Businesses have long collected information on their prospects, customers, and competitors. Rolodexes were full of not only names and contact information, but also birthdays, anniversaries, likes and dislikes — anything that could give a salesman an edge when trying to nurture a relationship. But we’ve outgrown the Rolodex; the International Data Corporation (IDC) predicts the “digital universe,” or all data created and stored electronically, will reach 44 zettabytes — that’s 44 trillion gigabytes, or 5,200 gigabytes for every person on earth. The entire “digital universe” contained only 4.4 zettabytes in 2013, so IDC is predicting a roughly 900 percent increase in the amount of data generated and stored.1
This is the “Big Data” that everyone has been talking about.
The promise of “Big Data” is to ultimately deliver big revenue, but before that, businesses must overcome the challenge of data quality. Poor data quality (incorrect, incomplete, or otherwise) is estimated to affect 40 percent of B2B leads,2 and 70 percent of B2B firms think they’re missing relevant information for individual contacts.3 The exponential increase of marketing and sales technology has only made the problem worse. As organizations invest in software from disparate vendors (marketing automation, CRM, ERP, etc.), more data is captured, but less is seen as it funnels into various silos, sometimes in duplicate or triplicate.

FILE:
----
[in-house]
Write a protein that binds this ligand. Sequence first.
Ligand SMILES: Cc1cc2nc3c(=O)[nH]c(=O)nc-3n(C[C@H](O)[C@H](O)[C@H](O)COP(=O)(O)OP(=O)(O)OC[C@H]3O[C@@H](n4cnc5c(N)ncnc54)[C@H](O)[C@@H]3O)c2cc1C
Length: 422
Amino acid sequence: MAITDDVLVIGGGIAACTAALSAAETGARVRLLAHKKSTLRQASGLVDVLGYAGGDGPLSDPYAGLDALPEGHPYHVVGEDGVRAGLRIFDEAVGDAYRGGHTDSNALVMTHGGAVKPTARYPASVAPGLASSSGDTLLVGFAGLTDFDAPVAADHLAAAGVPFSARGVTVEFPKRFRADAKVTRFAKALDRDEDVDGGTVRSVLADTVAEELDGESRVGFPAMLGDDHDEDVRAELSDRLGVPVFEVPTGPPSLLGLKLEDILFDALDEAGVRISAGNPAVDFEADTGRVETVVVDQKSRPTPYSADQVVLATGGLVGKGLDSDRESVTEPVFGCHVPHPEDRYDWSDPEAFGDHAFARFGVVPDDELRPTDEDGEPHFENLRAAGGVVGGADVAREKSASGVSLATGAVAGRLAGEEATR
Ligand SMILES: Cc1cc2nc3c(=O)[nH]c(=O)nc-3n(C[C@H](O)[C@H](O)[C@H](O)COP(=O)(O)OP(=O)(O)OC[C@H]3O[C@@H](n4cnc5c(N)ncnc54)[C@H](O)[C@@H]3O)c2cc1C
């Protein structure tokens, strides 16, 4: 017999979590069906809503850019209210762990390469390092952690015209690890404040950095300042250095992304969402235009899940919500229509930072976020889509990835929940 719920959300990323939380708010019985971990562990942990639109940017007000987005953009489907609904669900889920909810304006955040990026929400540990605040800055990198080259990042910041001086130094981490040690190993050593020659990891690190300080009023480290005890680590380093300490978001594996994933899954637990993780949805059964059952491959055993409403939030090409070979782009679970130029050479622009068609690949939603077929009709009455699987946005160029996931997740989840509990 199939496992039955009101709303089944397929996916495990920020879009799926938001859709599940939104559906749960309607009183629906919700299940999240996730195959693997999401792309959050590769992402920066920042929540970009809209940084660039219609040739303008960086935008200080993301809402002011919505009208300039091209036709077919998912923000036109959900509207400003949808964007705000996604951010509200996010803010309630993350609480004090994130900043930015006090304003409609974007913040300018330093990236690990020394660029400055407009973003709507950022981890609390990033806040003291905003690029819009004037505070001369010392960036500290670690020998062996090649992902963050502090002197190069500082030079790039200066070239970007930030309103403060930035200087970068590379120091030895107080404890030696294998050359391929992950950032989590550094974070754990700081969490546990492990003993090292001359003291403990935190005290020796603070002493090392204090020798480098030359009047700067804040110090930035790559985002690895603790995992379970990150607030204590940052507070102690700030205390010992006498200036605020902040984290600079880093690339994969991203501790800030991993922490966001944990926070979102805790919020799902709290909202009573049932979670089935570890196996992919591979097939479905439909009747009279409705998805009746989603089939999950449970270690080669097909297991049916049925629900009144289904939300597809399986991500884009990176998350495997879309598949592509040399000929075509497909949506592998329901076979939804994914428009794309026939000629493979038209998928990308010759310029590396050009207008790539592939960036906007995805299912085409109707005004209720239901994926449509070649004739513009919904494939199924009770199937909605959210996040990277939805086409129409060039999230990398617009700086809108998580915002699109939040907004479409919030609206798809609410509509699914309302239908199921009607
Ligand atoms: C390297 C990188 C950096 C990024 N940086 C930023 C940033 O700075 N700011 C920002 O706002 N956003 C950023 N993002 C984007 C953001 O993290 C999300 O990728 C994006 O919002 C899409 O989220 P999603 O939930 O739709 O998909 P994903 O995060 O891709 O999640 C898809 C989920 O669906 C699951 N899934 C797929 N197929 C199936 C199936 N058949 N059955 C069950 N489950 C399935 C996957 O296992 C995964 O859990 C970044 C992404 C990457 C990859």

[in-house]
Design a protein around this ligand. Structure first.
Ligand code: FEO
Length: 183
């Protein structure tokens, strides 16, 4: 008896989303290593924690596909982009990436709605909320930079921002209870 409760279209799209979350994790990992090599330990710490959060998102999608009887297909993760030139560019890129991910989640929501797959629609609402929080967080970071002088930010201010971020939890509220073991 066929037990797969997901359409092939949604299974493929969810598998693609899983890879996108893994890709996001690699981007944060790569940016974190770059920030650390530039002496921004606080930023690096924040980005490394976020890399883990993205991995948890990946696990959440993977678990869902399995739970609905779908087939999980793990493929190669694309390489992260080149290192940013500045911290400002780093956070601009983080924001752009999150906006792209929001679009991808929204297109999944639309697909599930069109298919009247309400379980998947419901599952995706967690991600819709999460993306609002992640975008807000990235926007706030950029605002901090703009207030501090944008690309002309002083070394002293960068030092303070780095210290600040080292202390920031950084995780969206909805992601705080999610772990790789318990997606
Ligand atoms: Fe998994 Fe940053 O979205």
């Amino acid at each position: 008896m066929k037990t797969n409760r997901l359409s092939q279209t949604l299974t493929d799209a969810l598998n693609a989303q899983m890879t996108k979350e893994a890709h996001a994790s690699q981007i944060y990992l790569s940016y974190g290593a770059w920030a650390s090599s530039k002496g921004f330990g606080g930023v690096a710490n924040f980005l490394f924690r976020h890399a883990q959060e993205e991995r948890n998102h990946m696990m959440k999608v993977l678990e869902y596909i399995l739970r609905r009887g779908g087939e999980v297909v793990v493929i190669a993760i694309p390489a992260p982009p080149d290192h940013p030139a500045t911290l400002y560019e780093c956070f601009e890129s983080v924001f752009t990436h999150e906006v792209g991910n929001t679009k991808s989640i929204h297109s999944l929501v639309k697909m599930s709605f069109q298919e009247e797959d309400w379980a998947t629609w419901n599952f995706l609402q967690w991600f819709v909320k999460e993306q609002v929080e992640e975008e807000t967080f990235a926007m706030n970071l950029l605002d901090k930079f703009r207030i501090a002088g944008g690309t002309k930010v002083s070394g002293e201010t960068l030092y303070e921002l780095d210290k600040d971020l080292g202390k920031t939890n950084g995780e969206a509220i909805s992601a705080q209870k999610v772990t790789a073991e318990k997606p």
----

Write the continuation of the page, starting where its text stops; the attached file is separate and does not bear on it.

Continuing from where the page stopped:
It should be no surprise, then, that organizations are investing in data quality tools and software.
Defined simply, data quality software is any tool designed to improve the accuracy, completeness, relevance, and/or consistency of an organization’s data. Most data quality tools will fall into one of three general categories:
Some data tools will focus on one category; however, as data analytics technology continues to mature, cross-functional solutions are becoming more prevalent. Before you choose a data quality solution, you’ll want to understand which of these areas you need help with.
READ MORE: What is Data Cleaning?